an input to receive a hash mode selection signal; and
a selector to select, based on the hash mode selection signal, the hash value from a plurality of values including the Pearson matrix hash value and the CRC hash value.
5. The network device of claim 1, further comprising a hash mask selector to obtain a hash mask indicative of which portions of the hash input data are to be used in generating the hash value; the hash mask selector including:
a first mask source to obtain a first potential hash mask from a respective register based on an ingress port at which the data unit has been received;
a second mask source to obtain a second potential hash mask from a memory based on a rule associated with the data unit;
a third mask source to generate a third potential hash mask based on a packet type with which the data unit is associated; and
a mask source selector to select between the first mask source, the second mask source, and the third mask source.
6. A method in a load balancing network device for avoiding polarization, the method comprising:
receiving a data unit at the load balancing network device;
generating, using the load balancing network device, a hash input data to include at least i) a first set of portions of the data unit and ii) a second set of portions of the data unit, wherein the second set includes at least one portion of the data unit not included in the first set, and wherein the first set is fixed and the second set is configurable by a device operator;
applying, using the load balancing network device, a hashing function to the hash input data to generate a hash value, including:
generating an intermediate hash value based on the hash input data and using a first cyclic redundancy check (CRC) function, wherein the intermediate hash value has a first length, and
generating a Pearson hash value based on the intermediate hash value and using a Pearson hash function, wherein the Pearson hash value has a second length less than the first length;
selecting a communication link in a link aggregate group based on the hash value; and
transmitting the data unit along the communication link.
7. The method of claim 6, further comprising:
selecting a hash mask based on at least one of an ingress port at which the data unit has been received, or a packet data type with which the data unit is associated; wherein the hash mask is indicative of which portions of the hash input data are to be used in generating the hash value; and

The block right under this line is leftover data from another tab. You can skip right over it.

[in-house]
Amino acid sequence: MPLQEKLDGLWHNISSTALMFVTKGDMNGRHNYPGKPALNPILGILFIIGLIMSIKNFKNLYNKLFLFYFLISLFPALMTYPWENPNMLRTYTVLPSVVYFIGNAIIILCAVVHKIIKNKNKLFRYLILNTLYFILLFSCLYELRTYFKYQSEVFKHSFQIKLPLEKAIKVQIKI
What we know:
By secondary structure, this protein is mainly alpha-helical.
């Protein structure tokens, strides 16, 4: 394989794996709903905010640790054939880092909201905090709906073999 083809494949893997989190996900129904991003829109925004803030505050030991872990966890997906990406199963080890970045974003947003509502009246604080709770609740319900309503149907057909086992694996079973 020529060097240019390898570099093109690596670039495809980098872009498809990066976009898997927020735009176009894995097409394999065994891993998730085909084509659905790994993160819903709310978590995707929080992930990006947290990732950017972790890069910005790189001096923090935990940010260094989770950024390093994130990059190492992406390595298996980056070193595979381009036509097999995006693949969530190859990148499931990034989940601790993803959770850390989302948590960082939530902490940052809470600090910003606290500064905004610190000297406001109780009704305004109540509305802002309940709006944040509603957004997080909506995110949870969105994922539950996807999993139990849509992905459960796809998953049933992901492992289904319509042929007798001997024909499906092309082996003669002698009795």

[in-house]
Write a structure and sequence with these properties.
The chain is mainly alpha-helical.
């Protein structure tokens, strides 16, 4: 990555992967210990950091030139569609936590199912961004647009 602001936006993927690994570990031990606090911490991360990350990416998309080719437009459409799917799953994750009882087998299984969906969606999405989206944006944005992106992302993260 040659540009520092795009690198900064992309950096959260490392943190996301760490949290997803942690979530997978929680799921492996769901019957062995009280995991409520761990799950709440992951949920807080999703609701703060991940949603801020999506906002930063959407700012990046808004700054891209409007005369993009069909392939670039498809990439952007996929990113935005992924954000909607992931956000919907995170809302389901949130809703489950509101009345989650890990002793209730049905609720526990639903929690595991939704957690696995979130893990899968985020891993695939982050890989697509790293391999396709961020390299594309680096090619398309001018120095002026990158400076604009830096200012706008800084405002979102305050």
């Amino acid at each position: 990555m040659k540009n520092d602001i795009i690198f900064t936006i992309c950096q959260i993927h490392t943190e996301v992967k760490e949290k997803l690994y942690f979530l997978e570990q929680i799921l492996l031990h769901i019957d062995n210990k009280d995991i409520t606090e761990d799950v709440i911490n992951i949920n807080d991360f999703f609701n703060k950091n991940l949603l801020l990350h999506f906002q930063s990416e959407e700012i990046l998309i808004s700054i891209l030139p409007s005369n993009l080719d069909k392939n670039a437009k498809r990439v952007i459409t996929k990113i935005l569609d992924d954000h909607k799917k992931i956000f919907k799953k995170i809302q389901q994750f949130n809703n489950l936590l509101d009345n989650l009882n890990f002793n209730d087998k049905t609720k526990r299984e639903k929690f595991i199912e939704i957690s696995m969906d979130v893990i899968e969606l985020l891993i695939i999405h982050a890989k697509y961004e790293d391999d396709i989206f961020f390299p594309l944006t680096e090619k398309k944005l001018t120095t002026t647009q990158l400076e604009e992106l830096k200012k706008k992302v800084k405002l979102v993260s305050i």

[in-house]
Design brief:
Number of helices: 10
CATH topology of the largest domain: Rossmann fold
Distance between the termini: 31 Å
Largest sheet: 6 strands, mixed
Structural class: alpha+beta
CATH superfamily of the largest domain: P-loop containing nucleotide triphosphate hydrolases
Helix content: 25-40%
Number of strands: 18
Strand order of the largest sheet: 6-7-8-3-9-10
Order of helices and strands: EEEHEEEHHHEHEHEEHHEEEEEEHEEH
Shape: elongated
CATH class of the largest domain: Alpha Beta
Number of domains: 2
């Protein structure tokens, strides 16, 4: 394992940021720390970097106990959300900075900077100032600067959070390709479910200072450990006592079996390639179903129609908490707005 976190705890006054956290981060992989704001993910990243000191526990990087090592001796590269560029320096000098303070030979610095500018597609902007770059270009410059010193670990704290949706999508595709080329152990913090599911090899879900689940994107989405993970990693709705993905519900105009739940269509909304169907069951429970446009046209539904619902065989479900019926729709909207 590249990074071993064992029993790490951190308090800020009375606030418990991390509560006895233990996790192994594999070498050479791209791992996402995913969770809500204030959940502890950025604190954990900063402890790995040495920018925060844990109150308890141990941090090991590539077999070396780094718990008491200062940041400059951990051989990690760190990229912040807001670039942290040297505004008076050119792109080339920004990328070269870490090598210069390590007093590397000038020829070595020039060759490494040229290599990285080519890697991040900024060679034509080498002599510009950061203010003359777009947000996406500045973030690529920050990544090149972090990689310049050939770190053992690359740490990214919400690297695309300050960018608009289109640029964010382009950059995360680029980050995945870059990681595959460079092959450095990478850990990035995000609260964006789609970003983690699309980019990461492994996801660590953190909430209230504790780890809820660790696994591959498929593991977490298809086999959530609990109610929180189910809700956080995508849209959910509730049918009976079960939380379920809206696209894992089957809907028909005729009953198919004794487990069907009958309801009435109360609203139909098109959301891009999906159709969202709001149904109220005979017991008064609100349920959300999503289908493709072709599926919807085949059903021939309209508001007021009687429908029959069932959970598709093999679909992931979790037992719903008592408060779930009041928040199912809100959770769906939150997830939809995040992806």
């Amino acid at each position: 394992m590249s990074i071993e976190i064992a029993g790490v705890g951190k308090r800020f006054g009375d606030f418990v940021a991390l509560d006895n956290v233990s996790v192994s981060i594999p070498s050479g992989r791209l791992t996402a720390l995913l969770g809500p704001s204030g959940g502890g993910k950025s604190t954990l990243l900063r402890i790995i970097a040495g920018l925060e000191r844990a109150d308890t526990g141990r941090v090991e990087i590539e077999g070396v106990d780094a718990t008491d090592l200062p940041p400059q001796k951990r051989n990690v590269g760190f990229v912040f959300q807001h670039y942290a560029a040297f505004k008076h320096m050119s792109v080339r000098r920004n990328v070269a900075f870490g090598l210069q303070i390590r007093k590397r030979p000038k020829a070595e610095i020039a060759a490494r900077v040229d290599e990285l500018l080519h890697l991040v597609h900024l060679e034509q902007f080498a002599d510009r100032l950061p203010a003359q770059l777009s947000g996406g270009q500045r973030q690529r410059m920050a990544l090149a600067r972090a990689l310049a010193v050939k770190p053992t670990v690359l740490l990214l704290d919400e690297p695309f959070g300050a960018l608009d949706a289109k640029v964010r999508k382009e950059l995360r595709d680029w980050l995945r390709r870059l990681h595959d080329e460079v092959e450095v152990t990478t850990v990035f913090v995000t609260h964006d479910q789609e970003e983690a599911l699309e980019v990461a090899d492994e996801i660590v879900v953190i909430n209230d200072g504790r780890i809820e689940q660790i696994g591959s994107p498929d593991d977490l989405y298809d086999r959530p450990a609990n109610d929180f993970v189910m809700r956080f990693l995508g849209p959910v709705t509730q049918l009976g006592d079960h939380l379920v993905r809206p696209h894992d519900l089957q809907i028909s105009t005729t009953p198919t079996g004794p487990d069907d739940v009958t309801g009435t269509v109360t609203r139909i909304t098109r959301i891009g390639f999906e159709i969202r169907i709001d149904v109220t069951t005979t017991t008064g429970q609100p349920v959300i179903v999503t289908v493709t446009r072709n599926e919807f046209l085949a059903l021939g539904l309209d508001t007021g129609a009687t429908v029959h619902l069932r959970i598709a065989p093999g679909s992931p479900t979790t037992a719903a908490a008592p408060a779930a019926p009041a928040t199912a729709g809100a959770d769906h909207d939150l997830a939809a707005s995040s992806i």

applying the hash mask to the hash input data.
8. The method of claim 6, wherein generating the hash input data includes:
retrieving fixed data from a memory that is not user modifiable, and
using the fixed data to select the first set of portions of the data unit to be included in the hash input data;
retrieving user-defined data from a user-modifiable memory, and
using the user defined data to select the second set of portions of the data unit to be included in the hash input data.
9. The method of claim 6, further comprising selecting the hashing function according to a user input.
10. The method of claim 6, further comprising including one or more device-specific parameters in the hash input data.
11. The method of claim 6, wherein applying the hashing function includes:
generating a CRC hash value based on the hash input data and using a second CRC function, wherein the CRC hash value has a length equal to the second length; and
selecting the hash value from a plurality of values including the Pearson hash value and the CRC hash value.
12. The method of claim 8, wherein using the fixed data to select the first set of portions of the data unit includes applying a set of fixed offsets into respective sections of a header of the data unit.
13. The method of claim 8, wherein the data unit is associated with a plurality of communication protocol layers; wherein using the user-defined data to select the second set of portions of the data unit includes:
using a first field of the user-defined data to determine a header corresponding to a desired communication protocol layer of the data unit; and
using a second field of the user-defined data to locate a portion in the header of the desired communication protocol layer of the data unit.
14. The method of claim 10, wherein including one or more device-specific parameters comprises including an identifier of an ingress port at which the data unit has been received.